Airea D. Matthews (MPA ‘07) dreamt of being a writer since she was a child. As she got older, she struggled to identify a clear path that turned her dream into reality. “My working-class roots didn’t seem to make space for sustainable possibilities in the arts,” she said. “Much of my life has been spent doing things I don’t like, figuring that out, then going into things I eventually think are okay, then finally finding the thing I really love.”
After nearly a decade in the private sector, she was accepted into the Ford School. There, her Ford School writing instructor Elena Delbanco helped her identify writing opportunities that expanded her scope beyond the corporate realm, and she began to see arts as an avenue for change. “I had never had anybody tell me that before, that I could be a writer,” Matthews explained. “I don’t even know how to express how helpful going to policy school was for me and my creative life. Much of how I come to the page has been influenced by sitting around tables at the Ford School and having these tremendous conversations with peers, colleagues, and faculty members.”
Following a poetry reading hosted by the Center for Racial Justice on November 9, Matthews chatted with Ford School writing instructor Molly Spencer about her latest poetry collection Bread and Circus, a-memoir-in-verse that grapples with economic theory, marginal poverty, and commodification through a personal lens. “Bread and Circus is really trying to consider how theories impact our lived experiences,” Matthews explained. “How we can believe one thing and act in another way, and how complicated and complex we are as human beings. We’re not just one thing, we’re many things. It’s okay to be all that you are. It’s okay to be too much. One of the beauties of poetry is that you can live on the page as authentically as you like.”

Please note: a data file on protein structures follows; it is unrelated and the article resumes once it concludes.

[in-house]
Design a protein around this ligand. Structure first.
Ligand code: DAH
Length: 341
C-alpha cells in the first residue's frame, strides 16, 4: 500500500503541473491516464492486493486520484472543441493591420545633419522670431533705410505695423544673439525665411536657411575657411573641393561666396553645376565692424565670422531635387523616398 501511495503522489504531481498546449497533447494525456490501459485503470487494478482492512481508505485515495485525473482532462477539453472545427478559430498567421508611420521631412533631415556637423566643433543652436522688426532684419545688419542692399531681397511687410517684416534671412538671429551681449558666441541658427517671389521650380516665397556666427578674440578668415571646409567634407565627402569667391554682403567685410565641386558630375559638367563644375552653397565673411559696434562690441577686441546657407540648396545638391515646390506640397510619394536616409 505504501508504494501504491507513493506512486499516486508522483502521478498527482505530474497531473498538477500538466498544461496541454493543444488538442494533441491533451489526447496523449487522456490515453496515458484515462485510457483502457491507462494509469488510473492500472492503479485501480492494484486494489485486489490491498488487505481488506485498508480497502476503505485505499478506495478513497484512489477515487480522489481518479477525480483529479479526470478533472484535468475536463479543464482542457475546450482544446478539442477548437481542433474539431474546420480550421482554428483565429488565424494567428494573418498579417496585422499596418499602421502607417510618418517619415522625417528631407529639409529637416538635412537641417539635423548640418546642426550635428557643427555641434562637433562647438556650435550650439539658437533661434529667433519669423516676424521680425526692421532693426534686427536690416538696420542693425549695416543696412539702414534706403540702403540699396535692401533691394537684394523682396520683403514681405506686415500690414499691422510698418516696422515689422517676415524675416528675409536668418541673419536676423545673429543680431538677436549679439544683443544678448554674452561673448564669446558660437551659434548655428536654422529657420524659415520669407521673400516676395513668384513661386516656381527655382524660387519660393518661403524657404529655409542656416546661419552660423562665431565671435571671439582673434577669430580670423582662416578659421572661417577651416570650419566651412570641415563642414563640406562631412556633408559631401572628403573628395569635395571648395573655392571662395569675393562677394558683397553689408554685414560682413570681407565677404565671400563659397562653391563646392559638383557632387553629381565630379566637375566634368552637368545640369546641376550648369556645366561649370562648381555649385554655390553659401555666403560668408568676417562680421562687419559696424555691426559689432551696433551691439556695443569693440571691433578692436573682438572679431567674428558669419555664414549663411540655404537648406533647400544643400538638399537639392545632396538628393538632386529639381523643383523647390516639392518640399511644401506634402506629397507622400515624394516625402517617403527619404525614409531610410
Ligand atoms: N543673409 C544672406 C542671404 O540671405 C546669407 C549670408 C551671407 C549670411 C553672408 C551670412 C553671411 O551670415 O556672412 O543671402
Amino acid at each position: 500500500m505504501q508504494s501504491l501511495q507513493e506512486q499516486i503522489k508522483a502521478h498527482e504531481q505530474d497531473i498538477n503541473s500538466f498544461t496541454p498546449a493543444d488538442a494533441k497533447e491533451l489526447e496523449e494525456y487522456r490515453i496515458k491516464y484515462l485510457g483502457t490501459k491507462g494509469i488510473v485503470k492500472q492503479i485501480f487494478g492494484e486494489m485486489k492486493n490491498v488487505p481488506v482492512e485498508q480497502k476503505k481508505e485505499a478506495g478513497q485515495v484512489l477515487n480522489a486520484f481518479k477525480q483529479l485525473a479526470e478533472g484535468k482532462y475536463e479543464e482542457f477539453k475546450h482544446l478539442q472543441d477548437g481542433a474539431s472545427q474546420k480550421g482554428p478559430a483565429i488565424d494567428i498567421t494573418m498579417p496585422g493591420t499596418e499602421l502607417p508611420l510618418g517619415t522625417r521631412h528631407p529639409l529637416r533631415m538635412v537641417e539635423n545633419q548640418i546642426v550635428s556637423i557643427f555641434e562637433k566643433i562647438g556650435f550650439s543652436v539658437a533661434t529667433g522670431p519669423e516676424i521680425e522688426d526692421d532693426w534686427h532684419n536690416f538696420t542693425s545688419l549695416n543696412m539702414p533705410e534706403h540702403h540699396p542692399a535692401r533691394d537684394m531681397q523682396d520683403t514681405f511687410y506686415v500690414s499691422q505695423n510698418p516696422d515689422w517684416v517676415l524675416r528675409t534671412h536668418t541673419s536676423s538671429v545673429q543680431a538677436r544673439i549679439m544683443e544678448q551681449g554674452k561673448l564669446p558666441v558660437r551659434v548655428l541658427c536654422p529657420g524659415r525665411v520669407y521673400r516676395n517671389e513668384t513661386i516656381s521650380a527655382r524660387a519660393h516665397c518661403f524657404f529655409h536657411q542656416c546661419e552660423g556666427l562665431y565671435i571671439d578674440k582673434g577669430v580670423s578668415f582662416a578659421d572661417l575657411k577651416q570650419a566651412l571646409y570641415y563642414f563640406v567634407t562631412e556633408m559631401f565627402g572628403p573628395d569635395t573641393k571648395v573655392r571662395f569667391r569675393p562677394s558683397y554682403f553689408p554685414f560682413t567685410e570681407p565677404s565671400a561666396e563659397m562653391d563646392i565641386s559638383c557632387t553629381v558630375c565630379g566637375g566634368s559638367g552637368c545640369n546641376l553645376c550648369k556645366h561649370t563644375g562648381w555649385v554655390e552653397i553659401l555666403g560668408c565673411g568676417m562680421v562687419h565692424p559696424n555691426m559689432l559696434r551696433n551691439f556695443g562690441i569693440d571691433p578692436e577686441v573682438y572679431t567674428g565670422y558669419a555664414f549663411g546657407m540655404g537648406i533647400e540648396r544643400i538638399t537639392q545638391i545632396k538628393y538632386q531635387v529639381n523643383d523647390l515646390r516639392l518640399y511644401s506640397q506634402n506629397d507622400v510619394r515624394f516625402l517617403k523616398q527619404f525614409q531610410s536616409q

When asked by Spencer what her advice would be for Ford School students, and for all people who care about the world and each other, Matthews replied thoughtfully, “The world can be a mutilated place, but the moment we decide that we want to tremble with it and be a witness to what’s happening, that goes a long way. Our hearts change. As our hearts change, our minds change.”
Bread and Circus is available in ebook and print.
Airea D. Matthews holds an MFA from the Helen Zell Writers’ Program and an MPA from the Gerald R. Ford School of Public Policy, both at the University of Michigan. In 2022, she was named Philadelphia’s Poet Laureate. She is an associate professor and co-directs the poetry program at Bryn Mawr College.